Baker Road will become a three-lane road with left hand turn lanes this summer under a Hennepin County proposal announced earlier this month.
Baker Road currently has four lanes, two in each direction, with no turn lanes.
The proposed three-lane design consists of one lane of traffic in each direction with a middle lane used for left-hand turns. A widened shoulder on both sides will accommodate pedestrians and cyclists and will act as an unmarked right hand turn lane at intersections, according the county plans.
The redesign proposal is part of a planned resurfacing of County Road 60 – which consists of Mitchell and Baker roads – sometime in the summer of 2021, between Martin Drive and the bridge under I-494, according to Chad Ellos, Hennepin County transportation planning division manager.
The lane reconfiguration component would only occur north of Valley Road.
The project also includes upgrading pedestrian ramps along the route to comply with the Americans with Disabilities Act.
Reduced crashes expected
Crashes along the route potentially would be reduced by between 30 and 50 percent with the change, according to the county.
It would also reduce the chances of a “multiple threat crash,” which occurs when a vehicle stops for a person crossing the street and a second vehicle swerves around the stopped car and hits the pedestrian.
The new configuration would reduce left-turn and rear-end crashes because of the dedicated center turn lane, according to Emily Kettell, senior transportation planner for Hennepin County.
Between 2016 and 2019, 109 crashes occurred on Mitchell Road and Baker Road between Martin Drive and the I-494 bridge, according to county data. Many crashes go unreported and many near-miss crashes are not reported, Kettell said.
Between Martin Drive and I-494, 53% of the crashes were either rear-end or left-turn crashes, according to county data.
Of the 109 reported crashes, 33 occurred between Valley View Road and County Road 62, which is the area being considered for restriping.
Negative and positive feedback
Residents along the Baker Road corridor received notices about the project in early January.
Recent posts on Facebook’s Nextdoor expressed displeasure with the county’s proposal, citing a perceived lack of accidents and difficulty making left hand turns out of adjacent neighborhoods onto Baker Road. Some suggested that the change would make matters worse.
“Contrary to what (the county says), I predict it will cause more accidents with people becoming impatient and darting into traffic to make their turn,” one poster wrote.
Concerns received by the county thus far are related to how the project was initiated, traffic operations and crashes, according to Ellos.
Ellos said that it is common practice to review traffic and safety when doing resurfacing projects. “The change is recommended by Hennepin County staff based on the historic traffic volumes, safety data and research and experience gained doing similar roadways.”
Comments received by the county in support of the striping changes focus on potential reduced speeds and fewer crashes, Ellos said. “With a three-lane configuration, we generally see a slight reduction in speeds along the corridor,” he said. The road’s current speed limit is 40 mph.
Previous project dropped
A similar project was proposed in 2011, according to Robert Ellis, City of Eden Prairie director of public works. That project was dropped after a vast majority of nearby residents voiced a preference to leave the road as four lanes.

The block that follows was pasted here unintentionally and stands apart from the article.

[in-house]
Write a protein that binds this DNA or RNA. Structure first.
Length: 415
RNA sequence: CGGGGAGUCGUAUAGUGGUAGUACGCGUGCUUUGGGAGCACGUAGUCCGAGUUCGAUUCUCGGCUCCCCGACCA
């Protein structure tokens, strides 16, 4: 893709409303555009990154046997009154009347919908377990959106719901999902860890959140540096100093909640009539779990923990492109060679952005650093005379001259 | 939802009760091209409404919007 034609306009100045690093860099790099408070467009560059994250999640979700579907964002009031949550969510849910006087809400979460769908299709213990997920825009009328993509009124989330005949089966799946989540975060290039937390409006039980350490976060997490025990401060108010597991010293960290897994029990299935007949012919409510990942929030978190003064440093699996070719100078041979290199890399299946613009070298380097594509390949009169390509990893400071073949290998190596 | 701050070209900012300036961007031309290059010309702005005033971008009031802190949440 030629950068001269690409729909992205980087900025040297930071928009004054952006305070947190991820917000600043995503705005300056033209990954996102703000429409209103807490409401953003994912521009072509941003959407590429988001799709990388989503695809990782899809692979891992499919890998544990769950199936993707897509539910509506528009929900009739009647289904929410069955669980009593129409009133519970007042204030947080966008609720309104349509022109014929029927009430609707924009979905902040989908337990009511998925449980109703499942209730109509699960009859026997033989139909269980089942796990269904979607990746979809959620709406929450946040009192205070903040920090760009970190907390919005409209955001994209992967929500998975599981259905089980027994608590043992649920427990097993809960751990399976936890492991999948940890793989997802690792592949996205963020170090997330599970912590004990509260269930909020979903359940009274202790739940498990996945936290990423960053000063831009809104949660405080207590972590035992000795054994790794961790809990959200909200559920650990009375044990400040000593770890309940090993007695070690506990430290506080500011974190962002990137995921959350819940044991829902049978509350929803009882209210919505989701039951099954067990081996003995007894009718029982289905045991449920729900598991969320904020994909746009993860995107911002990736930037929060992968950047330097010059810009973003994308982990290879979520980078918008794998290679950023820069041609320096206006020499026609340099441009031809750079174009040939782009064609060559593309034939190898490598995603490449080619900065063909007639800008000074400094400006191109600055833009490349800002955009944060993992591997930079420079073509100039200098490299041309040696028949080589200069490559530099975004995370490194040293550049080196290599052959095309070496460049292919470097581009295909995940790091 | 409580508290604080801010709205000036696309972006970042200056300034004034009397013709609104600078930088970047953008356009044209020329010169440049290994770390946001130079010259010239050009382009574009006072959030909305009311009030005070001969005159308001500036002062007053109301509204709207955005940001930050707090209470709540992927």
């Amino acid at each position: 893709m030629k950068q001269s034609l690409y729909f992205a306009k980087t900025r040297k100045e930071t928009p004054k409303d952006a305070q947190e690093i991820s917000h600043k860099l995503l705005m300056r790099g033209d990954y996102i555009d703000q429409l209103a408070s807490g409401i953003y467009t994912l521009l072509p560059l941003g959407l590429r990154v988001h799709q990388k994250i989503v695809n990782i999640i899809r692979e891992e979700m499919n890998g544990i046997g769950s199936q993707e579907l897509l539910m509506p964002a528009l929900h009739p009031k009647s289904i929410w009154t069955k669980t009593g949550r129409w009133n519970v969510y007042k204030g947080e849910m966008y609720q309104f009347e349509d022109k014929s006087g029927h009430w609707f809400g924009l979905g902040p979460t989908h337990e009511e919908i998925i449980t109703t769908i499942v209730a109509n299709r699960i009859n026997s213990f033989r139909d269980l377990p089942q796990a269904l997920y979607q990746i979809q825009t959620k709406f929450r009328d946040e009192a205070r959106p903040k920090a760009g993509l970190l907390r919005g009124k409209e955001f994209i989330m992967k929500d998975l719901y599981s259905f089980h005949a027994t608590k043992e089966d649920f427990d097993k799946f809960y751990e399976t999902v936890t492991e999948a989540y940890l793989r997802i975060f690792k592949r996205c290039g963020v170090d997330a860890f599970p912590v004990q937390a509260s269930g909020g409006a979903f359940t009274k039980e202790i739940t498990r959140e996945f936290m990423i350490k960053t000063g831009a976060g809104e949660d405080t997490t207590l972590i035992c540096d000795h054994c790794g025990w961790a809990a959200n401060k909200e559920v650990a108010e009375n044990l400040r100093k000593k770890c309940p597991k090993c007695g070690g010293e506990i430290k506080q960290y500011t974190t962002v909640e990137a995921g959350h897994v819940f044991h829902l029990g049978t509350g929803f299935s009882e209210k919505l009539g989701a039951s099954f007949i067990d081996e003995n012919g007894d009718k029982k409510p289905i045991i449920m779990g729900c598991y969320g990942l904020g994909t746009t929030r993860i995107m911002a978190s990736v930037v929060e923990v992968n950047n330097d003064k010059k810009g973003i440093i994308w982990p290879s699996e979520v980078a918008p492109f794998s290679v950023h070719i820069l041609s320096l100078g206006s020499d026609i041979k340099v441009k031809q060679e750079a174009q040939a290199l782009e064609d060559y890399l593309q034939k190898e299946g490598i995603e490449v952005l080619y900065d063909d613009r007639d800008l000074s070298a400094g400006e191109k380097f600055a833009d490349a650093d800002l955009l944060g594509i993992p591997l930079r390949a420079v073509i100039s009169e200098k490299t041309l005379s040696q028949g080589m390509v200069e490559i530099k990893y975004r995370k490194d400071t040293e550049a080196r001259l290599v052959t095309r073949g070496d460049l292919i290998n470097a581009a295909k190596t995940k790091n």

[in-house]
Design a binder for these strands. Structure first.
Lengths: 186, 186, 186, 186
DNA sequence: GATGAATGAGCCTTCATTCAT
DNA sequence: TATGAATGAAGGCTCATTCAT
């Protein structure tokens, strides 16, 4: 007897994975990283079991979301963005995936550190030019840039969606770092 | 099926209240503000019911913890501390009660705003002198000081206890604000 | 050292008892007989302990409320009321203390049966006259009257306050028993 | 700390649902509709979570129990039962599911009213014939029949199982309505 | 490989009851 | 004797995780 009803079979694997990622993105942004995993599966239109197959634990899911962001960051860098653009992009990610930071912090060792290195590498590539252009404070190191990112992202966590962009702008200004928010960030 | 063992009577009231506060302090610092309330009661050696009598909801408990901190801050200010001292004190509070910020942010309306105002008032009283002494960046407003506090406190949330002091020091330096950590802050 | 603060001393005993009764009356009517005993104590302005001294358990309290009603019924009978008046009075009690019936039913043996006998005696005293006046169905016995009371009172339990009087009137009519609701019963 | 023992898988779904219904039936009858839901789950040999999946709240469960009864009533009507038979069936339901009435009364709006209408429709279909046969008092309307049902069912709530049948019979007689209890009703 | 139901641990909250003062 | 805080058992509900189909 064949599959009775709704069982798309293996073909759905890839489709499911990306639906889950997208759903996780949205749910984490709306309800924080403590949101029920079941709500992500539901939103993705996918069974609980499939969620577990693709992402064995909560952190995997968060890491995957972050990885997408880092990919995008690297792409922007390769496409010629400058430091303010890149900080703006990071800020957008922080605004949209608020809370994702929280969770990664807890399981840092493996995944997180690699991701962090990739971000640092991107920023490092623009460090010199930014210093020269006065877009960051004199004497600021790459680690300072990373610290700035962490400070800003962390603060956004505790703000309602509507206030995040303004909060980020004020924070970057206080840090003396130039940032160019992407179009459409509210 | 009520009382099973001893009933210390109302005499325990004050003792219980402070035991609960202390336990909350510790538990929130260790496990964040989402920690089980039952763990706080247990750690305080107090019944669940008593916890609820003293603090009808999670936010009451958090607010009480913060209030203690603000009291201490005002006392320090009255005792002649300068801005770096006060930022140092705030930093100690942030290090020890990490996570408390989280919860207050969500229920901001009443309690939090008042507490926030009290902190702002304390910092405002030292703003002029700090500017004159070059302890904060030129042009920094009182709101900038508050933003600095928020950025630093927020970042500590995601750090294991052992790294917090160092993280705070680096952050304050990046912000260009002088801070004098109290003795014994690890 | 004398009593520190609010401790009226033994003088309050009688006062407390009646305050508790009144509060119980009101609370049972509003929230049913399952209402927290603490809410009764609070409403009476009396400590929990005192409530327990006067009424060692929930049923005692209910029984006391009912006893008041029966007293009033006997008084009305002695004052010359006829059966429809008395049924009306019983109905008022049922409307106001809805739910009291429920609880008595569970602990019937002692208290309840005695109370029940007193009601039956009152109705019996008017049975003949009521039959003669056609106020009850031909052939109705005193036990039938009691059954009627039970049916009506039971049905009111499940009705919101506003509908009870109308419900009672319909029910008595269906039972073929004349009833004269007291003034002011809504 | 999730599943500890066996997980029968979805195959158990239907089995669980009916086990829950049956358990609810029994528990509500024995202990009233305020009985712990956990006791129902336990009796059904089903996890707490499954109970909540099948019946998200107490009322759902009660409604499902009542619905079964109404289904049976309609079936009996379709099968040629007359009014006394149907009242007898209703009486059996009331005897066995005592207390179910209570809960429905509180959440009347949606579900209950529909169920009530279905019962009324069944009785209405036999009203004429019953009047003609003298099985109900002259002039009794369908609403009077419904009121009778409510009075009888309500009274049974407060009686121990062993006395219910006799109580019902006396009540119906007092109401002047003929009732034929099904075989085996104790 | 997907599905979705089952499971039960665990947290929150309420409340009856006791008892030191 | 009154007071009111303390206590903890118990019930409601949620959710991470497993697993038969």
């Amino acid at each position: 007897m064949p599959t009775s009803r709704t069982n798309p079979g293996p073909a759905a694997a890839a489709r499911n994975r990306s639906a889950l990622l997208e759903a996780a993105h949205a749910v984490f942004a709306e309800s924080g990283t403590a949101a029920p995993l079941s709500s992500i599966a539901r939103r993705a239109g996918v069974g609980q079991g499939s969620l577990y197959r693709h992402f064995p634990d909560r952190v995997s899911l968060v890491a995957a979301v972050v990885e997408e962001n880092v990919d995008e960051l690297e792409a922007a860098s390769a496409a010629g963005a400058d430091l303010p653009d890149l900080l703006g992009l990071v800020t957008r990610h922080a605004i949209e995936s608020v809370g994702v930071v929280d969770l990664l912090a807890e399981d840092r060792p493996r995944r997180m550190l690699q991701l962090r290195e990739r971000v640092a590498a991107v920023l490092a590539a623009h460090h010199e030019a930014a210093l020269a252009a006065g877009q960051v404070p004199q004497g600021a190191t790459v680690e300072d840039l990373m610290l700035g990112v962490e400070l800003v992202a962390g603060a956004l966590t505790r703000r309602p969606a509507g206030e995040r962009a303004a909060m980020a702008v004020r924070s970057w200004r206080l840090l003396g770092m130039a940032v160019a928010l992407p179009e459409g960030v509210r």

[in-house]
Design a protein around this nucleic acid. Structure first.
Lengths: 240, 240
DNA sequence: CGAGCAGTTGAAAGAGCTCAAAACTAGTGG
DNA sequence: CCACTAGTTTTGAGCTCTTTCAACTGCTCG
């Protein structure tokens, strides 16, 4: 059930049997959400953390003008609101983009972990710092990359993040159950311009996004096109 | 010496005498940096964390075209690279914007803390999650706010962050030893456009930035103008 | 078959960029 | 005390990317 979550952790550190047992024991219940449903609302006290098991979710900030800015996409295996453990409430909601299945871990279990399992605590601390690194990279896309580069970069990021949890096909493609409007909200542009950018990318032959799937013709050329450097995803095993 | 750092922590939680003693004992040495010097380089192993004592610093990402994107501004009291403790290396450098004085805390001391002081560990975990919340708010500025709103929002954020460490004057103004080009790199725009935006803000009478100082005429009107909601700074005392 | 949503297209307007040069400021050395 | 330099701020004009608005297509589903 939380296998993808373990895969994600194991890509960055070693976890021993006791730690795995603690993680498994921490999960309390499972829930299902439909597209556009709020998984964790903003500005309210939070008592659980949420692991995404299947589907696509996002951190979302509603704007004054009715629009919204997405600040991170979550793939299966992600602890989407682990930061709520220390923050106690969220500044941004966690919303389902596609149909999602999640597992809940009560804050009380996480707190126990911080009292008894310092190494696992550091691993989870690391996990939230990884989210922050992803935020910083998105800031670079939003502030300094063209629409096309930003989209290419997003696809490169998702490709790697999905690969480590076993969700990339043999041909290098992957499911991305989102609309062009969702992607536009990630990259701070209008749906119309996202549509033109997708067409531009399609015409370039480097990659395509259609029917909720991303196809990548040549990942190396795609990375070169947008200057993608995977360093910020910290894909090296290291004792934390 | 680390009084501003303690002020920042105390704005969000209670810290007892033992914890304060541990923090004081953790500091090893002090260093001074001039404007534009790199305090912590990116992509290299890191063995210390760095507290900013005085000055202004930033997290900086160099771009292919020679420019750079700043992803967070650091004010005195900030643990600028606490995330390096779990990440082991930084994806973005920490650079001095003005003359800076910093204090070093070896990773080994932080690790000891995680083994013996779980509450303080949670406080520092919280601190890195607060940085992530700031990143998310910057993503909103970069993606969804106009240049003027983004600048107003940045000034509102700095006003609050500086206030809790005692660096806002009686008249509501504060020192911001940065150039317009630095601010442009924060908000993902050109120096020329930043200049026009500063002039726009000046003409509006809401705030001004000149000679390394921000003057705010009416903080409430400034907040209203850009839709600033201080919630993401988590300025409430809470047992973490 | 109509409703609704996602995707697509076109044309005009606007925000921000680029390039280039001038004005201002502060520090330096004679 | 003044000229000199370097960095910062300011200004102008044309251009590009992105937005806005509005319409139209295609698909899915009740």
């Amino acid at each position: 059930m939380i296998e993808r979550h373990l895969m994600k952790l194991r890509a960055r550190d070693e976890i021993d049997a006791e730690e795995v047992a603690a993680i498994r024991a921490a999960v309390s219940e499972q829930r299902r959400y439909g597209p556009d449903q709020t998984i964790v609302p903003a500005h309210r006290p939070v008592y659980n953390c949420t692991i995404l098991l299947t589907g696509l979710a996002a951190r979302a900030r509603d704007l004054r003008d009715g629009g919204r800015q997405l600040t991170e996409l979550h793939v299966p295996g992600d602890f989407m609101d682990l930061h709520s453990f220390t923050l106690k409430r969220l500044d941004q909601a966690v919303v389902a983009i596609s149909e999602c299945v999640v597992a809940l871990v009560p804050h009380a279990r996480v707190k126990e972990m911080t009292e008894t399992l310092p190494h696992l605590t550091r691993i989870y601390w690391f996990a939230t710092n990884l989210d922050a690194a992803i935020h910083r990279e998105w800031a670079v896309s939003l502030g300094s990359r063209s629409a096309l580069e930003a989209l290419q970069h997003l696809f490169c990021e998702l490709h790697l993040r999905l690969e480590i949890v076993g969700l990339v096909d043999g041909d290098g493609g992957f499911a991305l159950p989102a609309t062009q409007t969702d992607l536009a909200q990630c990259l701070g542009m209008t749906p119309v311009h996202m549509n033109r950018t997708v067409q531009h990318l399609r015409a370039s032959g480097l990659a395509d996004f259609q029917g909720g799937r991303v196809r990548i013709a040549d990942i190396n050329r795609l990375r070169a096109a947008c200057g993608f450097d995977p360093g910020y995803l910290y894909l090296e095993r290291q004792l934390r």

The city has since identified Baker Road as a heavy pedestrian and bicycle corridor open to potential improvements, Ellis said.
While no marked bicycle lanes are part of this project, the 7- to 10-foot shoulders would provide space for cyclists, according to county officials.
Edenvale Blvd. issues noted
Ellis acknowledged that previous traffic studies indicate that motorists using the intersection of Edenvale Blvd. and Baker Road might experience negative effects.
Traffic turning left from eastbound Edenvale to northbound Baker would experience delays of between five and 20 seconds at peak morning times under the proposed plan, he said.
Planners take that into consideration and compare it to expected benefits, Ellis said. “I think there are a lot of good technical reasons that support going to a three lane,” he said.
While Ellis said he understands the frustrations the Edenvale Road issue might cause, he does see the proposal’s benefits.
“If you have an opportunity to reduce accidents by as much as … 50%, I think it’s your responsibility to ask the people, ‘Would this change be worth it?’” he said.
“Unfortunately, this thing has been branded a lane reduction project, when what it’s actually doing is providing a dedicated left turn lane, two thru lanes and two continuous right hand turn lanes,” Ellis added. “It’s almost turning it into a five-lane at intersections.”
Even so, he understands that these kinds of changes raise anxiety.
“People have lived in this neighborhood for 20 or 30 years and they’ve always driven it as a four lane,” Ellis said.
The city has not taken an official position on the project, Ellis said. “We want to see what comments (the county gets) to determine what local residents are thinking about this project,” he said.
“The city wants to make sure our council has the opportunity to weight in before a decision is made,” Ellis said.
The county had intended to bring the proposal to the Eden Prairie City Council on Jan. 19, but that presentation was postponed.
“We are working with the city to determine the appropriate timing to bring this project to the city council,” Ellos said.
Residents can comment on the project on the Hennepin County website until Feb. 16 .
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